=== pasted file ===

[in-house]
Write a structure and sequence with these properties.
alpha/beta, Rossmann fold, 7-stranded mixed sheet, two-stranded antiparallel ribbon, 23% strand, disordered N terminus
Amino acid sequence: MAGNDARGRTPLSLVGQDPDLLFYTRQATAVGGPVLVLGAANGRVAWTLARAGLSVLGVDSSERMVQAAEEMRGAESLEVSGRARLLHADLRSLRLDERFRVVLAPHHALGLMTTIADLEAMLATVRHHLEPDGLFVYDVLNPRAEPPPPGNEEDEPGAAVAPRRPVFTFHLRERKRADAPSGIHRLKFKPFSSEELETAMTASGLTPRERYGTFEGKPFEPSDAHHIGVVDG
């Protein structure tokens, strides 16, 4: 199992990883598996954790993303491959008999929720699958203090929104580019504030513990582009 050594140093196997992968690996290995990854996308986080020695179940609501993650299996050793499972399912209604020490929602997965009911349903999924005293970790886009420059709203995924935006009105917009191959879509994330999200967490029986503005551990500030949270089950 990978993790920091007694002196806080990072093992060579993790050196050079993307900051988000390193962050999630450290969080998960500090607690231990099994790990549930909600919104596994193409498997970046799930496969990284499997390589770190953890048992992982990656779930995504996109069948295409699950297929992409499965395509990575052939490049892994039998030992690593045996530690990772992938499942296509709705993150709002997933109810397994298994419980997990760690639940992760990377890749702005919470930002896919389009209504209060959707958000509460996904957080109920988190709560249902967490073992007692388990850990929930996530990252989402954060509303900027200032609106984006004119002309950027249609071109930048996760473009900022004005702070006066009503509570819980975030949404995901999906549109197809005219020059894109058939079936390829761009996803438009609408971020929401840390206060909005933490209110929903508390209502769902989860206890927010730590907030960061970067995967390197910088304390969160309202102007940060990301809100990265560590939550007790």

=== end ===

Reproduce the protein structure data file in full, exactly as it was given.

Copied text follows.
[in-house]
Write a structure and sequence with these properties.
alpha/beta, Rossmann fold, 7-stranded mixed sheet, two-stranded antiparallel ribbon, 23% strand, disordered N terminus
Amino acid sequence: MAGNDARGRTPLSLVGQDPDLLFYTRQATAVGGPVLVLGAANGRVAWTLARAGLSVLGVDSSERMVQAAEEMRGAESLEVSGRARLLHADLRSLRLDERFRVVLAPHHALGLMTTIADLEAMLATVRHHLEPDGLFVYDVLNPRAEPPPPGNEEDEPGAAVAPRRPVFTFHLRERKRADAPSGIHRLKFKPFSSEELETAMTASGLTPRERYGTFEGKPFEPSDAHHIGVVDG
């Protein structure tokens, strides 16, 4: 199992990883598996954790993303491959008999929720699958203090929104580019504030513990582009 050594140093196997992968690996290995990854996308986080020695179940609501993650299996050793499972399912209604020490929602997965009911349903999924005293970790886009420059709203995924935006009105917009191959879509994330999200967490029986503005551990500030949270089950 990978993790920091007694002196806080990072093992060579993790050196050079993307900051988000390193962050999630450290969080998960500090607690231990099994790990549930909600919104596994193409498997970046799930496969990284499997390589770190953890048992992982990656779930995504996109069948295409699950297929992409499965395509990575052939490049892994039998030992690593045996530690990772992938499942296509709705993150709002997933109810397994298994419980997990760690639940992760990377890749702005919470930002896919389009209504209060959707958000509460996904957080109920988190709560249902967490073992007692388990850990929930996530990252989402954060509303900027200032609106984006004119002309950027249609071109930048996760473009900022004005702070006066009503509570819980975030949404995901999906549109197809005219020059894109058939079936390829761009996803438009609408971020929401840390206060909005933490209110929903508390209502769902989860206890927010730590907030960061970067995967390197910088304390969160309202102007940060990301809100990265560590939550007790």